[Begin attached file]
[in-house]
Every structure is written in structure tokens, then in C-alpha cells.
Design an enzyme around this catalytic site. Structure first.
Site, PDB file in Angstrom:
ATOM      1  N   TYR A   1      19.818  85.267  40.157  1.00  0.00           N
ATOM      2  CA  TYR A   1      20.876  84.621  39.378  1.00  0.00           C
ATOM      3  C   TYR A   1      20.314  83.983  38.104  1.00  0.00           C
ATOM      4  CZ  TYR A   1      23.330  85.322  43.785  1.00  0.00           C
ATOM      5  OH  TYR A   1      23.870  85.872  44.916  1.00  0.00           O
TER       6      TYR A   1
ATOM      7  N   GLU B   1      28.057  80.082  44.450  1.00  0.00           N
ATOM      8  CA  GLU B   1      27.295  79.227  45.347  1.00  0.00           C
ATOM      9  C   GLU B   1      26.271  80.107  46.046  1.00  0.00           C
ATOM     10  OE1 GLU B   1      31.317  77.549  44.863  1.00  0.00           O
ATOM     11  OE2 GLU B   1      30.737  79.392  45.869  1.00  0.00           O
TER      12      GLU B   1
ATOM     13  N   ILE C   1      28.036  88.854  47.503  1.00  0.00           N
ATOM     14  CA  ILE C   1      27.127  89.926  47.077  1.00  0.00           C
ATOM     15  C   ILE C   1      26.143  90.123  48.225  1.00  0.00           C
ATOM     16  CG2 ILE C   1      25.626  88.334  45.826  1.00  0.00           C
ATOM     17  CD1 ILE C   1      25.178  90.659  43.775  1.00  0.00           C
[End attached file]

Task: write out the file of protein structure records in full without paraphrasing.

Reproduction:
[in-house]
Every structure is written in structure tokens, then in C-alpha cells.
Design an enzyme around this catalytic site. Structure first.
Site, PDB file in Angstrom:
ATOM      1  N   TYR A   1      19.818  85.267  40.157  1.00  0.00           N
ATOM      2  CA  TYR A   1      20.876  84.621  39.378  1.00  0.00           C
ATOM      3  C   TYR A   1      20.314  83.983  38.104  1.00  0.00           C
ATOM      4  CZ  TYR A   1      23.330  85.322  43.785  1.00  0.00           C
ATOM      5  OH  TYR A   1      23.870  85.872  44.916  1.00  0.00           O
TER       6      TYR A   1
ATOM      7  N   GLU B   1      28.057  80.082  44.450  1.00  0.00           N
ATOM      8  CA  GLU B   1      27.295  79.227  45.347  1.00  0.00           C
ATOM      9  C   GLU B   1      26.271  80.107  46.046  1.00  0.00           C
ATOM     10  OE1 GLU B   1      31.317  77.549  44.863  1.00  0.00           O
ATOM     11  OE2 GLU B   1      30.737  79.392  45.869  1.00  0.00           O
TER      12      GLU B   1
ATOM     13  N   ILE C   1      28.036  88.854  47.503  1.00  0.00           N
ATOM     14  CA  ILE C   1      27.127  89.926  47.077  1.00  0.00           C
ATOM     15  C   ILE C   1      26.143  90.123  48.225  1.00  0.00           C
ATOM     16  CG2 ILE C   1      25.626  88.334  45.826  1.00  0.00           C
ATOM     17  CD1 ILE C   1      25.178  90.659  43.775  1.00  0.00           C